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Perhaps the following ideas are outside the scope or the original question. But in an ideal world, I think it would be useful to make the question editing window a bit more interactive for first time or beginner users. It is already the case that when you type the title of the question, the site dynamically matches the keywords in it and brings up links to possibly relevant past questions. Obviously, such functionality could be greatly expanded. Here's a list of dynamical suggestions the user could see depending on what they are typing into the question box.

  1. Reminder that it's nice to use your real name or an easily recognizable alias (no value judgment here, just thinking of any alternative to 'user####'). Though, the question box may not be the best place to do this.

  2. Reminder that formulas can be typeset using LaTeX notation (link to documentation if the user is not aware how). In the same vein, remind about basic Markdown syntax/features.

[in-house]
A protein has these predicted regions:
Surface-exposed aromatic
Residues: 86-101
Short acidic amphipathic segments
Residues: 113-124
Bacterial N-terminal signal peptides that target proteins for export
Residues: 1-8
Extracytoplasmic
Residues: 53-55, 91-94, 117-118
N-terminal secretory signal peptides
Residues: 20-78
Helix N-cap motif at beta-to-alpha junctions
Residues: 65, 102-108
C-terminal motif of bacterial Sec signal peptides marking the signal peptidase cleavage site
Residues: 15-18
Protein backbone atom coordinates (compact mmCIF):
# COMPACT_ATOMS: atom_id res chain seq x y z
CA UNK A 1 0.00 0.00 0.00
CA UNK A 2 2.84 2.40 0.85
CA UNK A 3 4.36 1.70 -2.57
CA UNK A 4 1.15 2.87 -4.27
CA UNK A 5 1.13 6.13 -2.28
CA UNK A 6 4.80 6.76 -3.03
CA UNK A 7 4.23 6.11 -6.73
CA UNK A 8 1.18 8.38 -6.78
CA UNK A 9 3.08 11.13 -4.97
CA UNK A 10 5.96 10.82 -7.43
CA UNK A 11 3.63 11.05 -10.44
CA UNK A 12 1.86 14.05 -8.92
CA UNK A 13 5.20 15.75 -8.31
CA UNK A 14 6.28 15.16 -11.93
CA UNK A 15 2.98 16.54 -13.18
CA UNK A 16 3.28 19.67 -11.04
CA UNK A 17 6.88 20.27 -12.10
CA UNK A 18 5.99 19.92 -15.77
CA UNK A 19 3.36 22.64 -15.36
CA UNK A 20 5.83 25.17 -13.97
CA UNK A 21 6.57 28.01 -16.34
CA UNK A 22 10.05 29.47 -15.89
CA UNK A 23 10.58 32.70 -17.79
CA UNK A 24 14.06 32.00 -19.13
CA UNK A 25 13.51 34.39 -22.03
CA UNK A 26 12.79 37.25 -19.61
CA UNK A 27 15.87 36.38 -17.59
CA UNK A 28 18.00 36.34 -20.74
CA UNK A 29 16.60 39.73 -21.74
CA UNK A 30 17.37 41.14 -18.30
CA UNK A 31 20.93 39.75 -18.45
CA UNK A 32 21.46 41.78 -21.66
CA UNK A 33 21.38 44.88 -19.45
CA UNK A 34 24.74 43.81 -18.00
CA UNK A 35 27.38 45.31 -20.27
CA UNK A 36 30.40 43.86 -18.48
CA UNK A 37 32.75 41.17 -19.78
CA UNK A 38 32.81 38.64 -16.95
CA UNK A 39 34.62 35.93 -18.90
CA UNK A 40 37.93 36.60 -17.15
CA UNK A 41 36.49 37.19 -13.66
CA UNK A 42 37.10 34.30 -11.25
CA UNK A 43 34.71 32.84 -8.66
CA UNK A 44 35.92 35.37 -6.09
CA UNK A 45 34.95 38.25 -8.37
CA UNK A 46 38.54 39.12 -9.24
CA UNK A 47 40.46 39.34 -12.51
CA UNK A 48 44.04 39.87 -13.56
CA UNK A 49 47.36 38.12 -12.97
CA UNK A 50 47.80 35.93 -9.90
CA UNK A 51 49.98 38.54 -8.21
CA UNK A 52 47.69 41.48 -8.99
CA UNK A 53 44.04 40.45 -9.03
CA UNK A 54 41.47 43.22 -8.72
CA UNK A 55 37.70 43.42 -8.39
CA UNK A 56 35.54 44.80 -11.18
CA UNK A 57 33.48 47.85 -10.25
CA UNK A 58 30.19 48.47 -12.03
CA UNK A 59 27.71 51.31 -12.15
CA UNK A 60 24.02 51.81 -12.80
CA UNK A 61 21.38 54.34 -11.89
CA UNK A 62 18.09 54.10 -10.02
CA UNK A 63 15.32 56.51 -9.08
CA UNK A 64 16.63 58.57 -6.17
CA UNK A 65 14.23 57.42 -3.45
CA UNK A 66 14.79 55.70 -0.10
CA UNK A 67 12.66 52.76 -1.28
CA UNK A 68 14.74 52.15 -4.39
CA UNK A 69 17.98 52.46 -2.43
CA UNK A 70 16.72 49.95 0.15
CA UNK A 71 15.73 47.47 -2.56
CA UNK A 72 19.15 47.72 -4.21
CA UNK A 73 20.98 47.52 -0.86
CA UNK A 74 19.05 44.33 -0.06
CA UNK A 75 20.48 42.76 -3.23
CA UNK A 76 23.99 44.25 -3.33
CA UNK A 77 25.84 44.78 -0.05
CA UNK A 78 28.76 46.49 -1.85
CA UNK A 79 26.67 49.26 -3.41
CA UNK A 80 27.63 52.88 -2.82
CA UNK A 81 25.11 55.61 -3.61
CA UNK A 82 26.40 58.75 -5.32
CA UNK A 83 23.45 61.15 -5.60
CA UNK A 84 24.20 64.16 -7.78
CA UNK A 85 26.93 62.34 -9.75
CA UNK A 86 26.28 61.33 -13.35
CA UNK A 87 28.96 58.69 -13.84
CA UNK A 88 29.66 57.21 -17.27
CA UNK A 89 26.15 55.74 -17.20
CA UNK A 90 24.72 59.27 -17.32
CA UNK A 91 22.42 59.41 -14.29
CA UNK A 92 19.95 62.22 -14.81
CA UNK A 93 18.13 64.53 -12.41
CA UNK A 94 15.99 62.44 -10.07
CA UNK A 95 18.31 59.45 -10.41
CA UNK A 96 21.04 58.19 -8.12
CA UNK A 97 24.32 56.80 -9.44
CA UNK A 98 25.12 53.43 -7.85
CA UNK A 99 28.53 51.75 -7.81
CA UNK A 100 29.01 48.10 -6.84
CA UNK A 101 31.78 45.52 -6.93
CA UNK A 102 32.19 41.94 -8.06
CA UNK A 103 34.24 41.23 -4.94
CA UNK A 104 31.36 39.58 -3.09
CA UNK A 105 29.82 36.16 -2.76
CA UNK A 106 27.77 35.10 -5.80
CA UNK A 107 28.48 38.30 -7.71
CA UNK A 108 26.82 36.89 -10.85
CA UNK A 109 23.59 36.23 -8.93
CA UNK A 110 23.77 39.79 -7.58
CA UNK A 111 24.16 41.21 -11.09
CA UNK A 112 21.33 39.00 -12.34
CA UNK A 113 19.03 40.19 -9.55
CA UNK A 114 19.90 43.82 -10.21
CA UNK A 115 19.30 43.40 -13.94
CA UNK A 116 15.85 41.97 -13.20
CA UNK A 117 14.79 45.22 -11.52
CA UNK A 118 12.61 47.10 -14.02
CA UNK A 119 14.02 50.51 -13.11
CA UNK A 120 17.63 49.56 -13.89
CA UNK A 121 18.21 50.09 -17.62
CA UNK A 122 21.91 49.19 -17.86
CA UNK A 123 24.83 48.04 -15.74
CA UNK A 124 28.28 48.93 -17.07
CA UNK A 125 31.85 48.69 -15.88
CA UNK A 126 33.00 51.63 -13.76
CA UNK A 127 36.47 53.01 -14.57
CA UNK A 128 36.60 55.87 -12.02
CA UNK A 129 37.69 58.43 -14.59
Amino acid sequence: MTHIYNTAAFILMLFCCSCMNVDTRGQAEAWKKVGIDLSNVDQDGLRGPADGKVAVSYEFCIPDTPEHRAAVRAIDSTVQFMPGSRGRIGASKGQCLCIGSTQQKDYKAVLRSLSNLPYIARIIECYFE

3. Suggestions for potentially appropriate tags. I can imagine a "latent keyword" approach here, based on the question text and how the existing tags match up to the extensive existing question database.

  4. If there's any hint of homeworkness or of an uninformed elementary question, explain the scope of MO and that there exist other SE sites where the question could be asked (math.SE, stats.SE, scicomp.SE, cstheory.SE, etc.).

  5. A small checklist of ways to improve the question (question clearly stated? reference included if needed? your level of understanding? type of answer expected? etc.)

  6. Some words about how to interpret reputation.

In the ideal world that I have in mind, these suggestions would be raised automatically, possibly by a clever AI/machine learning component integrated into the sate. Then, as the user gets more acquainted with the site (by some metric, e.g., reputation), the suggestions can be phased out.

These are all things that currently the responsibility of other more experienced users, supplied in comments or answers as perceived needed. Sometimes, though, that kind of interaction feels aggressive and unwelcoming. I suspect that it would be received much more neutrally if coming from an automated system. Obviously, we don't live in an ideal world, but perhaps some day some of these features will be implemented by the SE platform.